They have no iron…. Their houses are very clean.” Columbus went on to describe how he ordered six of the Arawaks to be seized so that he could take them back to Spain and sell them as slaves. Columbus wrote that he let his men cut off the hands of any Arawak who did not bring him enough gold, and then they would stuff their mouths with gold dust “so that it would be clear that they had brought what was required.” Columbus admitted that many of the Arawaks committed suicide rather than go through such torture.
The Arawaks were not the only indigenous people to suffer at Columbus’ hands. Columbus and his men also viciously enslaved and killed the Caribs, another group of Native Americans who inhabited the Caribbean islands. The Caribs were fierce warriors, and Columbus and his men were afraid of them. As a result, Columbus ordered his men to kill any Carib they came across.
Columbus’ journal includes the following entry: “Let us in the name of the Holy Trinity go on sending all the slaves that can be sold… . And from here one might send, in the name of the Holy Trinity, as many slaves as could be sold.” In other words, Columbus saw nothing wrong with enslaving and murdering indigenous people in the name of Christianity.
The atrocities committed by Columbus and his men did not go unnoticed. Several Spanish priests who were on Columbus’ journeys wrote about his brutality. Bartolomé de las Casas, a Spanish colonist who witnessed Columbus’ cruelty firsthand, wrote: “The Spaniards…thought nothing of knifing Indians by tens and twenties and of cutting off their hands and noses to test the sharpness of their blades.”
Las Casas also wrote that Columbus once ordered “a dog to be brought to him, and then had silken scarfs and gloves tied around its neck and mouth so that it couldn’t bark. This done, he ordered his men to set fire to the map, holding the dog in the flames. As it writhed in agony, Columbus exclaimed: ‘See how well answered Spain treats traitors!’”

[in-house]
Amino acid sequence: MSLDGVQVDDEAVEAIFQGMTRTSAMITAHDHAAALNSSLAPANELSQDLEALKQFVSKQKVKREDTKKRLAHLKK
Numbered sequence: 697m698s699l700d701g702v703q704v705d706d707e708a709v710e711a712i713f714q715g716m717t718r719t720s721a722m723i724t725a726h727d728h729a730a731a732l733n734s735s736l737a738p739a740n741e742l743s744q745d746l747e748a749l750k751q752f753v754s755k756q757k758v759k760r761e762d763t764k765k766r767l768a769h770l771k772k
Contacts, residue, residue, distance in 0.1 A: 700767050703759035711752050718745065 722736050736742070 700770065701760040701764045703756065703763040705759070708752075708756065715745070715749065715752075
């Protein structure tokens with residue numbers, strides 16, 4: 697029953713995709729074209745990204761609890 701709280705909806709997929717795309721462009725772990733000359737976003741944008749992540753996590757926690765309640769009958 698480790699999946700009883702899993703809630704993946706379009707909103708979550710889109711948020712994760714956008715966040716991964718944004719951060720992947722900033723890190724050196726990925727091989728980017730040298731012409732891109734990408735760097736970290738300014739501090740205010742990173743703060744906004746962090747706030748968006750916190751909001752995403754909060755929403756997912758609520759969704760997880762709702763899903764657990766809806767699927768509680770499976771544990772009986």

The Knights of Columbus worked hard to get the holiday legalized. Colorado became the first state to do so in 1907. New York followed suit in 1909. On October 14, 1971, Columbus Day was made a federal holiday (Library of Congress). “Where there is greatest need for re-education,” according to Peter McDonald and Lynn Anderson, “is in recognizing that Columbus’ violent concept of conquest has not been abandoned even today.”
Columbus’ arrival in the Americas fueled the beginning of centuries of genocide against Native Americans. The United States celebrates Columbus Day to commemorate the day that Christopher Columbus arrived in America. However, Columbus Day should not be celebrated because Columbus committed atrocities against Native Americans and initiated centuries of genocide.
Some people argue that Columbus Day should be celebrated because Columbus was a great explorer. However, what these people fail to realize is that Columbus’ arrival in the Americas initiated centuries of genocide against Native Americans. Columbus’ arrival also brought diseases that killed millions of Native Americans. Therefore, Columbus Day should not be celebrated because Columbus was responsible for initiating centuries of genocide against Native Americans.
In conclusion, Columbus Day should not be celebrated because Columbus was responsible for initiating centuries of genocide against Native Americans. Columbus’ arrival in the Americas also brought diseases that killed millions of Native Americans. Therefore, celebrating Columbus Day is an insult to Native Americans.